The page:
The Prize Economy

I’m a big fan of prizes and challenges.


Tim Ferris tells a good story about offering a serious prize to a group of Princeton students if they could contact a very famous person and get him/her to answer three questions. You should read that story - the outcome is interesting.

If I had a billion dollars, here are some of the prizes I would offer:

Make a robot who can throw a specially made flying disc (essentially, a Frisbee made of aluminum or magnesium or carbon graphite, with a sharp edge to cut the air) one mile and embed in a target no larger than 100 feet wide. It does not have to be caught by a human - in fact, I recommend humans stay out of the flight path. First group who does it gets $100k.

Make the world’s fastest human-powered land vehicle. Can have as many humans as you want, but no extra energy source. Has to set a speed record for average speed over a 200-m measuring distance on a flat course with no wind. I expect it will look a lot like a bicycle. There will be a bi-annual competition with $100k to the winners, $50k to second place, and $25k to third.

Make the world’s most efficient bike. The idea is to design a bicycle that can be ridden on a given route, which includes ascending and desending at least 2,000 vertical feet and goes for at least 50 miles, with the fewest watts necessary. This means it should have regenerative braking and a way to reapply energy put in to smooth out the load. No external power sources. In addition, this is a race, so the winner must show a combination of speed and efficiency.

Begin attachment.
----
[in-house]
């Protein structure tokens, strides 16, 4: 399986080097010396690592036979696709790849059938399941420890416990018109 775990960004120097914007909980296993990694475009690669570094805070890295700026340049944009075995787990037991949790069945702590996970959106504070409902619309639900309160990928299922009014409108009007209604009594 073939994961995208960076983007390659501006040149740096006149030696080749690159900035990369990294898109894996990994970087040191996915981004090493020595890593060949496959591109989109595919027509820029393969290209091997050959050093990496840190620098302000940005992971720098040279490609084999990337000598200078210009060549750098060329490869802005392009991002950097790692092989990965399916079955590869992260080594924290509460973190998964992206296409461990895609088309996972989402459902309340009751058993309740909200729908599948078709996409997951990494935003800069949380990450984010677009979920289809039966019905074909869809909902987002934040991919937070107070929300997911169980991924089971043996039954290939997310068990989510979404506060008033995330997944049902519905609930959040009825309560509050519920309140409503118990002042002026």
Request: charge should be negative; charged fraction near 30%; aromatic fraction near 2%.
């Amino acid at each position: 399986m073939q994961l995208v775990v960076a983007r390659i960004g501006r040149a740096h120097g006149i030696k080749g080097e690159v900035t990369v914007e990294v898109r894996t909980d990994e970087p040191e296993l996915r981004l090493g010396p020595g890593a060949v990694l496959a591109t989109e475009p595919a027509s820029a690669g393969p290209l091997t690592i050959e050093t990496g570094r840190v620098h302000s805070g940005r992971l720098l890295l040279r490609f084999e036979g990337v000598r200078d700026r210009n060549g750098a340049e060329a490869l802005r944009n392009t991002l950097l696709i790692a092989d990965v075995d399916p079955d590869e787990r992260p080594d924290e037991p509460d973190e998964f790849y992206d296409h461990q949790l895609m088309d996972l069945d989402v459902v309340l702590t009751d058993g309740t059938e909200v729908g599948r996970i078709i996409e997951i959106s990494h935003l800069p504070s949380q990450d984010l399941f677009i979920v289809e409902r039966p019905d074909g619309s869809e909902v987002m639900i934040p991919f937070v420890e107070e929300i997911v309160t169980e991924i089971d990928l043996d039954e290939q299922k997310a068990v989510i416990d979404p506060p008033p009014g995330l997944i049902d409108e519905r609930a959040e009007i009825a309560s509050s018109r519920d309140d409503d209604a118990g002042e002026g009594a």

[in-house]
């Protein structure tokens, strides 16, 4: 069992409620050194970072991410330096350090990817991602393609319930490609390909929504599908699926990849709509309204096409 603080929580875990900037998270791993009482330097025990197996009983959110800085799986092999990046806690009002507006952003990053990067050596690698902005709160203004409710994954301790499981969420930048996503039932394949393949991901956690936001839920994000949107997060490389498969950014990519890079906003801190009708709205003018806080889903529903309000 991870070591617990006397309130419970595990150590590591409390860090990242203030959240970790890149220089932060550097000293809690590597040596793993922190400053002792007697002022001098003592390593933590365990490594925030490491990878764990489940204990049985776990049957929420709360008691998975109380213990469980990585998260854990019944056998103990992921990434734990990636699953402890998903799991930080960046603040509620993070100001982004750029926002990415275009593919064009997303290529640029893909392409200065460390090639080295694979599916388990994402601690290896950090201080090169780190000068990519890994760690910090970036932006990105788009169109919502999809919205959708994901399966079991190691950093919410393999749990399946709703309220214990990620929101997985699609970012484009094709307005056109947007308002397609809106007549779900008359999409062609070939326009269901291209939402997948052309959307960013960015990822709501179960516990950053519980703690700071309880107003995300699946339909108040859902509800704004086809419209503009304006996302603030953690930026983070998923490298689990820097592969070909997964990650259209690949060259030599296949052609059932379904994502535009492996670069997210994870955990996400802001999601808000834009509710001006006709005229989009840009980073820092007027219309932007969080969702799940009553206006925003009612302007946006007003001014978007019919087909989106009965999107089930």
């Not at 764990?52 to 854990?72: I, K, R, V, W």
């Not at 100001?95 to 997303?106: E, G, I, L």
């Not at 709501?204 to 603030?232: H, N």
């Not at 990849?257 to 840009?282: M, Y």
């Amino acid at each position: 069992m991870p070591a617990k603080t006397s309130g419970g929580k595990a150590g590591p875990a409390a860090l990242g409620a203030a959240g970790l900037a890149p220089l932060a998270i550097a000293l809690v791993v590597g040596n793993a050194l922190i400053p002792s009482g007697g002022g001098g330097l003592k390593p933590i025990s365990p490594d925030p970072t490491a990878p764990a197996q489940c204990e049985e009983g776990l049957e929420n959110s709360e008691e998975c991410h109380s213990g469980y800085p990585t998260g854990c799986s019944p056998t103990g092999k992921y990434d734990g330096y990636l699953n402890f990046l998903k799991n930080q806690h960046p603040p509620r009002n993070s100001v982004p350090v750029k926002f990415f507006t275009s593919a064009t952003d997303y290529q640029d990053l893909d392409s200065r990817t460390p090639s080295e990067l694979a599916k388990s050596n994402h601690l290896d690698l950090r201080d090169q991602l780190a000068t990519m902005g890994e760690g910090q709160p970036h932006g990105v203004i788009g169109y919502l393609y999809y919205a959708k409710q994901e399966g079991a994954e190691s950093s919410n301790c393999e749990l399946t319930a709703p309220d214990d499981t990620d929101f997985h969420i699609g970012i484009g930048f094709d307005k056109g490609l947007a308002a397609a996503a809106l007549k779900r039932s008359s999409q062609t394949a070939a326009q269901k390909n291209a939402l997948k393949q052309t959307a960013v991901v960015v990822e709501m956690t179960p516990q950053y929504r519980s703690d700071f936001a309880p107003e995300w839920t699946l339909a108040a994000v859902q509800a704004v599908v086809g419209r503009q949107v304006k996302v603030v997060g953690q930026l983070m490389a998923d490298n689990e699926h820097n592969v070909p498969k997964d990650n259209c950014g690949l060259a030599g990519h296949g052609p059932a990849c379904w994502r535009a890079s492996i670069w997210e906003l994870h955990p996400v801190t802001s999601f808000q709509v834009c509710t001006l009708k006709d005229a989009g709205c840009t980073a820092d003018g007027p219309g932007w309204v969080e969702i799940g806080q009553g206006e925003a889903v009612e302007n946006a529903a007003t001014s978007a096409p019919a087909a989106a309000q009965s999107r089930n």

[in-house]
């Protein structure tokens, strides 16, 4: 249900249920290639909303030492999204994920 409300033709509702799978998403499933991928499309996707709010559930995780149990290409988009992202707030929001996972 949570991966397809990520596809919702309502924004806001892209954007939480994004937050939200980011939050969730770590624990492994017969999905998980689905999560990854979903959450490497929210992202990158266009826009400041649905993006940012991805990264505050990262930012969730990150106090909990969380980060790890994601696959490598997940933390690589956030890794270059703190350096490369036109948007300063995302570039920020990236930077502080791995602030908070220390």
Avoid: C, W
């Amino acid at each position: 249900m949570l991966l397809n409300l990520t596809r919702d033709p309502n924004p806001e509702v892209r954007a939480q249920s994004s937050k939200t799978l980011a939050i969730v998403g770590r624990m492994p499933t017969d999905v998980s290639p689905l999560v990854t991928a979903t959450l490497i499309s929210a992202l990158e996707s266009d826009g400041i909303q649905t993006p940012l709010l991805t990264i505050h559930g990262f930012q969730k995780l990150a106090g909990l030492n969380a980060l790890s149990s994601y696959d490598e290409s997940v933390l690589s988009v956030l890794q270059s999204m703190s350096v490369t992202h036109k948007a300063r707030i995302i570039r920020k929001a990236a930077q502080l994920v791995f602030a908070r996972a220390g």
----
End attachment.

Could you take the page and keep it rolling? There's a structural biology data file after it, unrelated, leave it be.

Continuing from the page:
Design a shrimp magnet - a device that gathers shrimp from the sea floor with less than 3 percent bycatch. Does not have to be fast, but it mustn’t harm the sea bed. Has to pass a reasonable test. Prize: $2 million. Amount doubles every two years until it is claimed (up to $32 million).

Design a vegan egg substitute. Many groups are working on this, and there are different definitions. Mine doesn’t need to make perfect omelettes, but it does have to really work in baking, pancakes, pasta, etc. $200k.

Design a plan for a vaccine for the common cold. There are about 30 cold viruses. If we could get one booster, rich people would be able to purchase immunity to the common cold. Over time, that price would come down, and everyone would benefit. The problem is that it’s very expensive to develop, test, and get approval for such a vaccine. Plus, viruses can mutate and thwart our efforts. The challenge is to find a clever way to solve that problem and also address any knock-on effects it may have. $1 million for the plan that can be implemented reasonably as judged by a panel of experts.

Create a company that designs and builds a bike specifically for cargo use in Africa. There have been many attempts at this. Designing the bike is only a small part of it. You have to design manufacturiing, assembly, distribution, service, and the economics. This should be a business plan plus prototype competition, and the winner gets $10 million in tranches to start building it. My suggestion: start in Rwanda, because Rwanda has roads.

I could keep going, but I’ll stop and ask … what competition would you design?